Generations of Sustainability06/22/2023 07:00AM ● By Suzy Magill
From Steamboat Magazine Home Edition 2023.
The future of our planet belongs to youth, and students at Steamboat Springs High School are leading the movement to protect it.
The Eco Club is a group of local students led by co-presidents Margaux Shea and Thomas Cooper, who manage projects and encourage individual lifestyle choices that support the planet. Emi Cooper, widely known in the community for her activism, is Thomas’s older sister. She started the club pre-Covid, but it was mostly inactive during the pandemic.
Made up of about 20 students in all grades, the club has doubled in size since it was formed. Both increased recruiting of underclassmen and a global rise in awareness and involvement in sustainability have led to more students participating in the club.
Recent projects were a community tree planting, a campaign to city council and fundraising for Colorado Gives Day.
Last spring’s tree-planting efforts began with calculating the school’s paper usage. The club spoke to teachers regarding their usage in classrooms and the front office about general paper usage outside classrooms. To be most accurate, the club used pre-Covid estimates from 2019. The result? Per year, the school uses around 600,000 sheets of copy paper and a million sheets total, translating to a planting goal of 205 saplings.
Working with Tim Sullivan, resilient land and water director at Yampa Valley Sustainability Council, the group decided what trees would best suit the valley’s soil and harsh climate. They settled on red osier dogwoods, Douglas fir and blue spruce.Members of the Eco Club worked to secure local sponsorships and donations that made saplings, purchased through Tree-Plenish, available to the community for free. The Eco Club delivered saplings for residents to plant themselves or did the heavy lifting and planted the saplings for them.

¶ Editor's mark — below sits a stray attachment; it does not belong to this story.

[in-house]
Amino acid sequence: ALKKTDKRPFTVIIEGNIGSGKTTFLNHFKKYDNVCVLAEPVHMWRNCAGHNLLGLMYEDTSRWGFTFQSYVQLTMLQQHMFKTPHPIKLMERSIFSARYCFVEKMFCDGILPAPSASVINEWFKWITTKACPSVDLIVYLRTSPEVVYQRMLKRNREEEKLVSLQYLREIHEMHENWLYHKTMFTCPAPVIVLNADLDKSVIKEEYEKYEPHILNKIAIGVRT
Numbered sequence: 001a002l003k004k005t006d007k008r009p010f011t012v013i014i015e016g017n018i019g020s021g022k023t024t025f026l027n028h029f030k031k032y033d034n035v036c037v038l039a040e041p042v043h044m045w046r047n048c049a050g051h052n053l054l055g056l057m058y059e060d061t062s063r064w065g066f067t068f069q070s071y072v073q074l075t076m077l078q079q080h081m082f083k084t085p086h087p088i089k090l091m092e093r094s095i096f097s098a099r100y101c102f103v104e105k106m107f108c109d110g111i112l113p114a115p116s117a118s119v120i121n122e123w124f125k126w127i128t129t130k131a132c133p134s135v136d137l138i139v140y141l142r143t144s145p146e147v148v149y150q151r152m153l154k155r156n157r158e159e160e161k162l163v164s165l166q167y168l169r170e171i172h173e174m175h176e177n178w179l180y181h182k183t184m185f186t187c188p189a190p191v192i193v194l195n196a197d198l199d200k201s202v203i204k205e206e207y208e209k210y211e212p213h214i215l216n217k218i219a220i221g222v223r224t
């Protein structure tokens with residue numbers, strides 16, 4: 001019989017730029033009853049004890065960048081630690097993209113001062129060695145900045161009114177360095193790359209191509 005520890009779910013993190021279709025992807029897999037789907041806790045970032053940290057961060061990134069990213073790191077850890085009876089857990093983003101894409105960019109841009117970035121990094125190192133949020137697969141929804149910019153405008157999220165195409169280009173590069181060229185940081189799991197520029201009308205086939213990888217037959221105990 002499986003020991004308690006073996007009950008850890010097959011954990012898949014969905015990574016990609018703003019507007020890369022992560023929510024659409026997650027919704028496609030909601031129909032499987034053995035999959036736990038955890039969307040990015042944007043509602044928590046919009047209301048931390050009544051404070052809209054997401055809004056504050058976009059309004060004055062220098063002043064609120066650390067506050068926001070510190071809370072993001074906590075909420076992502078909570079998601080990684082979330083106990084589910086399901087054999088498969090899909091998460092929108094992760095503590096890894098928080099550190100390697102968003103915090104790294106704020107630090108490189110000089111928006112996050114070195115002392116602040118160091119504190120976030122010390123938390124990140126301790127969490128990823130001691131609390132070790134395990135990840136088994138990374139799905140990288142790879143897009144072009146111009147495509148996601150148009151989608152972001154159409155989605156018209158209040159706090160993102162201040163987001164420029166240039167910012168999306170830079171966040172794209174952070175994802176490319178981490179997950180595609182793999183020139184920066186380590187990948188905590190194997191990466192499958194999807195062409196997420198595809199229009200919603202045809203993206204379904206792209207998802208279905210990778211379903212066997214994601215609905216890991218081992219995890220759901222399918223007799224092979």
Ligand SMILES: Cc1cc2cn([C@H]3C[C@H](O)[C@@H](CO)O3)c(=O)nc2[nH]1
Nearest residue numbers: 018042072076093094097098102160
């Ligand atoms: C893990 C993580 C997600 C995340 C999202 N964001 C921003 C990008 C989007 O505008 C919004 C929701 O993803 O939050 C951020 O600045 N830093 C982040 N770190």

Last fall, YVSC reached out to the Eco Club with another concern: the city council was planning to power the new city hall and fire station project with natural gas. The club discussed the pros and cons of natural gas versus electric energy sources and created a template for writing letters, providing guidance and confidence to the students.
“A lot of these kids have never done that before, and it can be scary to write letters or do any kind of public comment,” Thomas explains.
The club sent about 20 letters to the city council. A week later, the council decided on an all-electric plan.
The road is not without challenges though. During last year’s high school club fair, Margaux ran both the Fellowship of Christian Athletes table and the Eco Club table and was told she needed to choose between the two.“I thought that was such a fascinating idea that your personal and community beliefs might not mix in the eyes of others,” Margaux says. “I don’t think that’s how this should work at all. The climate fight doesn’t need to be a political fight. Our climate is changing, and we need to change with it.”
Both graduating seniors, Margaux and Thomas plan to take what they learned through the Eco Club with them.
“Even the little changes in your lifestyle can make such a big difference, whether that’s changing your diet or your normal transportation methods,” Margaux explains. “The movement is about being able to recruit people in that effort, and no matter how small that is, it can create a big impact.”
The duo hopes that the Eco Club’s work can spark community-wide conversation outside the high school.
“Steamboat is full of very outdoor-oriented people and we need to raise community awareness that this lifestyle is not going to be available forever; we are going to have to make some serious changes in our daily lives to be able to live this life that we love,” Margaux says. “This is not just a youth movement. This takes everybody.”